Risk Factors Associated With Urge Incontinence After Continence Surgery

Kimberly Kenton*, Holly Richter, Heather Litman, Emily Lukacz, Wendy Leng, Gary Lemack, Toby Chai, Amy Arisco, Sharon Tennstedt, William Steers

*Corresponding author for this work

Research output: Contribution to journalArticlepeer-review

27 Scopus citations


Purpose: We identified preoperative factors associated with bothersome urge urinary incontinence after incontinence surgery (Burch or sling). Materials and Methods: Postoperative urge urinary incontinence was defined as treatment for urge urinary incontinence 6 or more weeks after surgery. Variables thought to affect postoperative urge urinary incontinence included age, race, prior incontinence surgery or treatment, body mass index, pelvic organ prolapse quantification stage, frequency of stress and urge symptoms, incontinence episode frequency, concomitant surgery and urodynamic findings. Bivariate logistic regression models were fit in which each covariate was controlled for separately to ascertain potential importance. After controlling for surgery several baseline factors were associated with postoperative urge urinary incontinence (p <0.10) and used in multivariable modeling, including age, body mass index, prior incontinence surgery, prior anticholinergic medication, stress and urge symptom scores, detrusor overactivity and detrusor pressure at maximum flow. Results: Of 655 women who had surgical re-treatment for stress urinary incontinence 34 were excluded from study. Participants had a mean ± SD age of 51 ± 10 years. Stress and urge symptom scores were 19.3 ± 4.6 and 6.4 ± 3.9, respectively. Of the women 89 (14%) had prior incontinence surgery and 165 (27%) had taken anticholinergic medication. A total of 132 women (21%) required treatment for postoperative urge urinary incontinence (50 Burch, 82 sling). Odds of treatment for urge urinary incontinence after surgery were significantly higher after sling compared to Burch (OR 1.72, 95% CI 1.16-2.54, p = 0.007). A 10-point increase in preoperative Medical, Epidemiologic, and Social Aspects of Aging urge score, prior anticholinergic use and detrusor overactivity all independently increased the odds of urge urinary incontinence. Conclusions: Women are almost twice as likely to need treatment for postoperative urge urinary incontinence after sling than Burch. Women with preoperative urge, detrusor overactivity or prior use of anticholinergic medications are more likely to have bothersome urge urinary incontinence postoperatively.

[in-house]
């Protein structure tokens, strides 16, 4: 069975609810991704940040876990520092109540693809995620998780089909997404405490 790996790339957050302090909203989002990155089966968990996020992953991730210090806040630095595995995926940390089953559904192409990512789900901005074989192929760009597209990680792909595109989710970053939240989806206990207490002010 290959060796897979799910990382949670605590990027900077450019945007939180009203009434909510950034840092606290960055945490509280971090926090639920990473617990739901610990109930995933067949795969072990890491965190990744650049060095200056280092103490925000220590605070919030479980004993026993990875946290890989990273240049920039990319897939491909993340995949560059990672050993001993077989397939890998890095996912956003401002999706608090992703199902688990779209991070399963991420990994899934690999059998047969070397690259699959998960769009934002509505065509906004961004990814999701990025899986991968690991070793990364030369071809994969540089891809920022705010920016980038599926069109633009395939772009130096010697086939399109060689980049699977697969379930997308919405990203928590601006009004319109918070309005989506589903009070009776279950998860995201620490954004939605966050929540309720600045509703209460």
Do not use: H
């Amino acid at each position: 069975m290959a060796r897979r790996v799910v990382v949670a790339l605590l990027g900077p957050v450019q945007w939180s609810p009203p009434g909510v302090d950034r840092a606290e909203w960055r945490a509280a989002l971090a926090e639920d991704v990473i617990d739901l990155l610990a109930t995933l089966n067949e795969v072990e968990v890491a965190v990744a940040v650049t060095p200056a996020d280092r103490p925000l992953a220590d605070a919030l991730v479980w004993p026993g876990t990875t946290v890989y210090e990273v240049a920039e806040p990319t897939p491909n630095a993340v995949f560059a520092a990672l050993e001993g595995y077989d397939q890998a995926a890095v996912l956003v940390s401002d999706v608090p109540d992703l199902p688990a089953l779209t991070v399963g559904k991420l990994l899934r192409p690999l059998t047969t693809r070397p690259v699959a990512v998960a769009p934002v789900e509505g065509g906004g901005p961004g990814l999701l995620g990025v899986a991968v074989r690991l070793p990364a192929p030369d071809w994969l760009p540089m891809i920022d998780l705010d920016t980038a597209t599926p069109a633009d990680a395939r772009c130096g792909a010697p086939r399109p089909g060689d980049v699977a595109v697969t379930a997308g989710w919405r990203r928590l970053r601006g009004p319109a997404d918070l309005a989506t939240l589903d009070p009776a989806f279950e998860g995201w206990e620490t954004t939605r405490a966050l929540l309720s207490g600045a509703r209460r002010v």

Original languageEnglish (US)
Pages (from-to)2805-2809
Number of pages5
JournalJournal of Urology
Issue number6
StatePublished - Dec 2009


  • operative
  • stress
  • suburethral slings
  • surgical procedures
  • urge
  • urinary bladder, overactive
  • urinary incontinence

ASJC Scopus subject areas

  • Urology


Dive into the research topics of 'Risk Factors Associated With Urge Incontinence After Continence Surgery'. Together they form a unique fingerprint.

Cite this